A few weeks ago in a post on how LED technology was changing the lighting industry, I noted:
"LED lighting should be on our list of technological disruptions to watch over the rest of this decade."
Well, it seems there are other technologies that may further disrupt the prosaic lighting industry.
The U.S. military will use a flexible, lightweight and, yes, crushable light panel made from an electroactive polymer-based material to light up tents and other "softwall" shelters. These SuperFlex panels can be folded, spindled and even stabbed and still kick out either visible or near-infrared light.
Produced by Crosslink of St. Louis, SuperFlex promises to turn almost any object into a light source thanks to a polythiophene-based, conductive polymer known as PEDOT.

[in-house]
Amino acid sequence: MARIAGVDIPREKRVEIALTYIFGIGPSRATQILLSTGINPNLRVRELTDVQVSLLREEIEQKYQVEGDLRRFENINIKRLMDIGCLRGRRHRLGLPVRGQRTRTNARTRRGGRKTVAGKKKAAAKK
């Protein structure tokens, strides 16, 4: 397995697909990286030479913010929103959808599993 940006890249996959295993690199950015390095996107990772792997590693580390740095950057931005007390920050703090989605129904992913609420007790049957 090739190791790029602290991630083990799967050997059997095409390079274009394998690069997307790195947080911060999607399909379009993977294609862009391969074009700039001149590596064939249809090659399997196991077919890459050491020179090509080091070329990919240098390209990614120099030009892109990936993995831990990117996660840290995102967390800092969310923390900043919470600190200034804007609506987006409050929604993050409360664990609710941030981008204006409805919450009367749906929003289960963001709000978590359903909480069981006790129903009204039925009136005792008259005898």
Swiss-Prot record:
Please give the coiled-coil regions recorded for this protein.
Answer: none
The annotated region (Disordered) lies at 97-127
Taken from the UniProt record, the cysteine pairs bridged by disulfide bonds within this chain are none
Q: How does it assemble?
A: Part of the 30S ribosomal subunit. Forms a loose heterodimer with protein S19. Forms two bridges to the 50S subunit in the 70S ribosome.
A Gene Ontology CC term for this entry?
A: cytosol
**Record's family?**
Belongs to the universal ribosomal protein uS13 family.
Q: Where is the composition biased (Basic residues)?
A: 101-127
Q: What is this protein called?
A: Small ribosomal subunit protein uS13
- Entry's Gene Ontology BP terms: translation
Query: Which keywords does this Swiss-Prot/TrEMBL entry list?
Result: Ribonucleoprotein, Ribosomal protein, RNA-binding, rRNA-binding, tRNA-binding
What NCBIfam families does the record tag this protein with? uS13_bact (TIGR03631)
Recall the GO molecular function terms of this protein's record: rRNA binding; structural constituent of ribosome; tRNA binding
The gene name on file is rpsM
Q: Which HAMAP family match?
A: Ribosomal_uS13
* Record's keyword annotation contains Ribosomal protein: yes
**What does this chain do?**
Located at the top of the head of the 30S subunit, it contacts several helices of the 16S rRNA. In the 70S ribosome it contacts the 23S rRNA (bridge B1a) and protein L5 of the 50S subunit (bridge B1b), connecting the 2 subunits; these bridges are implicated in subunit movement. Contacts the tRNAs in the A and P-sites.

Virtually anything--textiles, composites, plastics or metals--can be coated with SuperFlex and then plugged into any AC outlet, according to Gizmag. (Consider a foldable map that emits its own light.)"
This could also be pretty cool for lighting on awnings and canopies, both for commercial and residential markets. In fact, this could be something whose uses are limited only by our imagination. The original Gizmag article has a lot more detail.
Can't wait to see it live.